Tag: wearable technology sales

Wearable technology device shipments will break 200 million in 2019

A new forecast from IDC has predicted that smartwatches, fitness trackers and other wearables are rising fast.

This year, the International Data Corporation (IDC) reported a massive surge in the wearable technology market, which it said saw growth of 300 percent due to the sale of products such as the Fitbit Surge, Apple Watch and Pebble Time.

The IDC has released a report saying that by the end of 2016, worldwide shipments will hit 111.1 million.

That will mean that wearable technology will have seen an increase of 44 percent over the figure from 2015. That said, by the year 2019, shipments of wearables will have broken through the 214.6 million mark. According to the wearables team research manager at IDC, Ramon Llamas, “In a short amount of time, smartwatches have evolved from being extensions of the smartphone to wearable computers capable of communications, notifications, applications, and numerous other functionalities.”

It was also pointed out that wearable technology devices are experiencing a rapid evolution.

Wearable Technology - Wearables on the riseLlamas went on to point out that just because they’re starting to sell and they will be seeing rapid growth over coming years, it doesn’t mean that the smartwatches we currently know will be the ones that actually take off over the next few years. He explained that “The smartwatch we have today will look nothing like the smartwatch we will see in the future.”

He also underscored the forecast that the details of these devices will be quite different from what we currently see. The health sensors, cellular connectivity and even the wearables app market – which is already rapidly on the grow – will be ready to provide serious game changing evolutions in this market. Llamas feels that it will be in those areas that the gadgets will start to define themselves as having value and will become appealing to consumers.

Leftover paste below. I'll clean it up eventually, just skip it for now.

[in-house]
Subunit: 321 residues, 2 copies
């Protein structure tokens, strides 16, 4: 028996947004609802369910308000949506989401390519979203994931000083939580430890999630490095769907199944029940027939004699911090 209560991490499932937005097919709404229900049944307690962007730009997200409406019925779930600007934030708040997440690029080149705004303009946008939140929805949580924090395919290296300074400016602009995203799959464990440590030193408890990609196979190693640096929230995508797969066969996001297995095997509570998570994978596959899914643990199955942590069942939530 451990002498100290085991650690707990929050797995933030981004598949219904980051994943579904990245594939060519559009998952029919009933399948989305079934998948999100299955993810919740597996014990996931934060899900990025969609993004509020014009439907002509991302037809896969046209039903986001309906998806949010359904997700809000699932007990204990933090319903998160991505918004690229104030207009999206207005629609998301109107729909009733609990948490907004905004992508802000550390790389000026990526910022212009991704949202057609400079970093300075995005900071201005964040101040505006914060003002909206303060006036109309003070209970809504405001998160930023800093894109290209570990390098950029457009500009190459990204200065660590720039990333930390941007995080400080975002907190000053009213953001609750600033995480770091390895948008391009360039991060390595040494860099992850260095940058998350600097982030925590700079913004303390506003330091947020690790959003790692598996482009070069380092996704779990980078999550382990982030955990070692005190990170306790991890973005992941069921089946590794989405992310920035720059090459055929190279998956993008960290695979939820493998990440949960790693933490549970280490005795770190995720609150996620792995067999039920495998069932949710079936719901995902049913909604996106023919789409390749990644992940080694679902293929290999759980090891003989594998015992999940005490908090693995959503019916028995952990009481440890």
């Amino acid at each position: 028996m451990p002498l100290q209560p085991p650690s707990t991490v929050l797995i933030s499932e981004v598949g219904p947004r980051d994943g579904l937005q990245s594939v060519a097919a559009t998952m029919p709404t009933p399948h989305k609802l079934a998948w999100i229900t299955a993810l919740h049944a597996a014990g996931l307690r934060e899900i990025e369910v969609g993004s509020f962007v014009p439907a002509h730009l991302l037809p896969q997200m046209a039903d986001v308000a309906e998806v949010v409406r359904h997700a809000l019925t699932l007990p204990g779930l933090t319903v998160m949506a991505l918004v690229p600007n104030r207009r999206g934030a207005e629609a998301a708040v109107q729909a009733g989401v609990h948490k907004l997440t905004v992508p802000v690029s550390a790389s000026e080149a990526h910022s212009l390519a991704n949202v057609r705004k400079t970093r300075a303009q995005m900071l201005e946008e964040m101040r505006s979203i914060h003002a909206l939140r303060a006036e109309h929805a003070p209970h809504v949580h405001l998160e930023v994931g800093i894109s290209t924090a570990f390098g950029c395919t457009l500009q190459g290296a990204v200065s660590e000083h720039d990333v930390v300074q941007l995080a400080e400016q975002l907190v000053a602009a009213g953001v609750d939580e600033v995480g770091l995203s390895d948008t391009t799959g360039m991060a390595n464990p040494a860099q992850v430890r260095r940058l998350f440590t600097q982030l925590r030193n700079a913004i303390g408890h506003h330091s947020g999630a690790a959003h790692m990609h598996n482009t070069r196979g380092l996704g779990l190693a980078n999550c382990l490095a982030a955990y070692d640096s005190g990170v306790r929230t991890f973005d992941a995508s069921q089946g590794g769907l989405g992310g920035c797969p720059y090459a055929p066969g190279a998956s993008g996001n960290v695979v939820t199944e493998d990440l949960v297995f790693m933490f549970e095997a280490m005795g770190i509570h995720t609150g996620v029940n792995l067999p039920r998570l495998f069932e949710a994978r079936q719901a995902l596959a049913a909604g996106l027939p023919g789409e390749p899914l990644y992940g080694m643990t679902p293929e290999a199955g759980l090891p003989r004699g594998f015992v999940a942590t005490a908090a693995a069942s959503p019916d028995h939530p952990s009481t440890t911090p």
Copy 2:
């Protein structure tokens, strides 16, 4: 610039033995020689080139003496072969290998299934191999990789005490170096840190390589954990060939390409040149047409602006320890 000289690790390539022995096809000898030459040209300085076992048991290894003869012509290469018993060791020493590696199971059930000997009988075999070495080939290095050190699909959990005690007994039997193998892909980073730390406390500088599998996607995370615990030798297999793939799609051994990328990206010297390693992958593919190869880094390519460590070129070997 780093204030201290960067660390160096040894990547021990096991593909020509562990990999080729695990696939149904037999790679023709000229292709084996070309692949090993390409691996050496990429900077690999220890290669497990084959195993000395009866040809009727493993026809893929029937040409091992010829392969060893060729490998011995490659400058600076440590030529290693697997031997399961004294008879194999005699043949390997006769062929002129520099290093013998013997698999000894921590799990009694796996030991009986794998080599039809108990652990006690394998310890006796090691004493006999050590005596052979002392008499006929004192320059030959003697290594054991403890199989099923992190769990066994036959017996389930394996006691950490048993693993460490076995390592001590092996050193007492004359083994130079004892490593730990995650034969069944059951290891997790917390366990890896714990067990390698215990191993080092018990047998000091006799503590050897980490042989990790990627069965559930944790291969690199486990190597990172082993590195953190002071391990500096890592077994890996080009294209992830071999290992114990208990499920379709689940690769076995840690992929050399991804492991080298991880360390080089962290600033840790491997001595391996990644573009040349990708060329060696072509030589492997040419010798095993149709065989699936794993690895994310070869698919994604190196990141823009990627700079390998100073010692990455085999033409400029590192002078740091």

While many of its predictions aligned well with other reports that have been issued by various prediction firms, the IDC report was somewhat different in that it has said that watchOS and Android Wear will be grabbing the top two spots (respectively). That said, it also stated that Tizen from Samsung will carve out an important segment of the market over the next four years, as well, to the point that it might swipe away some of the share that would otherwise have belonged to Android Wear.

Wearable technology sales have shown that the industry is hot and getting hotter

According to Valencell, there will soon be a day when wearables are commonplace but we’re not there, yet.

Performance biometric tech firm, Valencell, has recently stated that while the industry is headed toward a time when it will be difficult to imagine our lives without wearable technology, we have not yet reached that point and there are some very specific reasons to explain that.

The success of the Fitbit IPO, and the sales recorded by the Apple Watch are showing that wearables are growing.

Valencell has explained that while consumers are interested in wearable technology at the moment, these gadgets have not yet reached the point in which they are providing health feedback with the accuracy that they are seeking. This statement was made in a report made by the company based on a study conducted by their team with a focus on wrist wearables. What the team determined was that the PerformTek biometric tech that their company produced was able to deliver heart rate data when worn on the wrist to a degree that it was comparable to the readings collected by way of a chest strap.

The wearable technology research also indicated that the Apple Watch was not able to meet that goal.

Wearable Technology SalesThe researchers found that the Apple Watch was particularly incapable of collecting accurate heart rate feedback during physical activity.

While it is important to note that this research that praises the PerformTek biometric technology was conducted by Valencell’s own team, meaning that it is more than likely that biases – deliberate or completely unintentional – could be present, this study does raise a very important point with regards to the accuracy of biometric information that is being collected by way of mobile devices.

Previous studies have indicated that many medical professionals and organizations are not yet comfortable recommending the use of wearables for the collection of fitness and medical data simply because they have not yet been adequately studied in order to know whether or not their feedback should be considered to be satisfactory as a basis for making medical or fitness recommendations.

Until the reliability of wearable technology biometric data can be improved and proven, it is likely that this factor will continue to hold back its adoption among the general public.